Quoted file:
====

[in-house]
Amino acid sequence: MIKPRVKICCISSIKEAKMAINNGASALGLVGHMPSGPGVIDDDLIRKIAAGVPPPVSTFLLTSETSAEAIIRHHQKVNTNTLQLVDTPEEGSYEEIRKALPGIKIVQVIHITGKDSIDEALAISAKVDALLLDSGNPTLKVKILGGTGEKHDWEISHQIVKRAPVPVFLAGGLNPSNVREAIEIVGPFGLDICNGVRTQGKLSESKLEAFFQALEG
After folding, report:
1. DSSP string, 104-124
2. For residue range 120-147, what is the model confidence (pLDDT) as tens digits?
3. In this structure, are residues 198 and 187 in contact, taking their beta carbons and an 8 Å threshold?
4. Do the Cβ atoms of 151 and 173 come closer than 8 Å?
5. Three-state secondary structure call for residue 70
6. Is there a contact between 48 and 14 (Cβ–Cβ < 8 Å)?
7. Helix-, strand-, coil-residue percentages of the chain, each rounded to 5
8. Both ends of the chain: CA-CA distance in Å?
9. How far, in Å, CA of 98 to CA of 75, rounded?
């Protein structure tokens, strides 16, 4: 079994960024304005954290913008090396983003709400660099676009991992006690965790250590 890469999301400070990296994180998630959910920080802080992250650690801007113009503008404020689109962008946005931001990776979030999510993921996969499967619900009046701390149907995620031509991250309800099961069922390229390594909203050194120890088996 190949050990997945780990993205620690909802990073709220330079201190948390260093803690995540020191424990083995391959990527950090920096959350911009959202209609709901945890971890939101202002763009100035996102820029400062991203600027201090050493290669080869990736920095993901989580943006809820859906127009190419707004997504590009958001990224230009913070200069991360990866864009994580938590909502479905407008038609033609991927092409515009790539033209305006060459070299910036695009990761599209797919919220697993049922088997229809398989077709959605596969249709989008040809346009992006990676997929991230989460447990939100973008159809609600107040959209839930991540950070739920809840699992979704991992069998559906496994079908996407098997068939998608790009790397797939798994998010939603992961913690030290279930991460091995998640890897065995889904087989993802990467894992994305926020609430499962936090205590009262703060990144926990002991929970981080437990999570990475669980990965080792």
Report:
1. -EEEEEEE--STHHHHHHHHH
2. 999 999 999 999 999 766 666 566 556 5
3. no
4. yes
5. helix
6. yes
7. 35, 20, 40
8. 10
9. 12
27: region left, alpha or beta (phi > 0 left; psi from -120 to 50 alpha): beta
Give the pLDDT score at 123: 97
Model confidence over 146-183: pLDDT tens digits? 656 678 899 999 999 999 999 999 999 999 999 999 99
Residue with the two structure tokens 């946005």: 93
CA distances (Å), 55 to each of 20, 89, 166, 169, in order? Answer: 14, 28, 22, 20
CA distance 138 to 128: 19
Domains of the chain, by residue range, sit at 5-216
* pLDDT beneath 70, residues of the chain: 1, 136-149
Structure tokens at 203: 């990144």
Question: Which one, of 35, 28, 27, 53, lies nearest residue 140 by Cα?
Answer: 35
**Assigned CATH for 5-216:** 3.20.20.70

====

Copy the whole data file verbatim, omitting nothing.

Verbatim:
[in-house]
Amino acid sequence: MIKPRVKICCISSIKEAKMAINNGASALGLVGHMPSGPGVIDDDLIRKIAAGVPPPVSTFLLTSETSAEAIIRHHQKVNTNTLQLVDTPEEGSYEEIRKALPGIKIVQVIHITGKDSIDEALAISAKVDALLLDSGNPTLKVKILGGTGEKHDWEISHQIVKRAPVPVFLAGGLNPSNVREAIEIVGPFGLDICNGVRTQGKLSESKLEAFFQALEG
After folding, report:
1. DSSP string, 104-124
2. For residue range 120-147, what is the model confidence (pLDDT) as tens digits?
3. In this structure, are residues 198 and 187 in contact, taking their beta carbons and an 8 Å threshold?
4. Do the Cβ atoms of 151 and 173 come closer than 8 Å?
5. Three-state secondary structure call for residue 70
6. Is there a contact between 48 and 14 (Cβ–Cβ < 8 Å)?
7. Helix-, strand-, coil-residue percentages of the chain, each rounded to 5
8. Both ends of the chain: CA-CA distance in Å?
9. How far, in Å, CA of 98 to CA of 75, rounded?
């Protein structure tokens, strides 16, 4: 079994960024304005954290913008090396983003709400660099676009991992006690965790250590 890469999301400070990296994180998630959910920080802080992250650690801007113009503008404020689109962008946005931001990776979030999510993921996969499967619900009046701390149907995620031509991250309800099961069922390229390594909203050194120890088996 190949050990997945780990993205620690909802990073709220330079201190948390260093803690995540020191424990083995391959990527950090920096959350911009959202209609709901945890971890939101202002763009100035996102820029400062991203600027201090050493290669080869990736920095993901989580943006809820859906127009190419707004997504590009958001990224230009913070200069991360990866864009994580938590909502479905407008038609033609991927092409515009790539033209305006060459070299910036695009990761599209797919919220697993049922088997229809398989077709959605596969249709989008040809346009992006990676997929991230989460447990939100973008159809609600107040959209839930991540950070739920809840699992979704991992069998559906496994079908996407098997068939998608790009790397797939798994998010939603992961913690030290279930991460091995998640890897065995889904087989993802990467894992994305926020609430499962936090205590009262703060990144926990002991929970981080437990999570990475669980990965080792």
Report:
1. -EEEEEEE--STHHHHHHHHH
2. 999 999 999 999 999 766 666 566 556 5
3. no
4. yes
5. helix
6. yes
7. 35, 20, 40
8. 10
9. 12
27: region left, alpha or beta (phi > 0 left; psi from -120 to 50 alpha): beta
Give the pLDDT score at 123: 97
Model confidence over 146-183: pLDDT tens digits? 656 678 899 999 999 999 999 999 999 999 999 999 99
Residue with the two structure tokens 């946005």: 93
CA distances (Å), 55 to each of 20, 89, 166, 169, in order? Answer: 14, 28, 22, 20
CA distance 138 to 128: 19
Domains of the chain, by residue range, sit at 5-216
* pLDDT beneath 70, residues of the chain: 1, 136-149
Structure tokens at 203: 């990144």
Question: Which one, of 35, 28, 27, 53, lies nearest residue 140 by Cα?
Answer: 35
**Assigned CATH for 5-216:** 3.20.20.70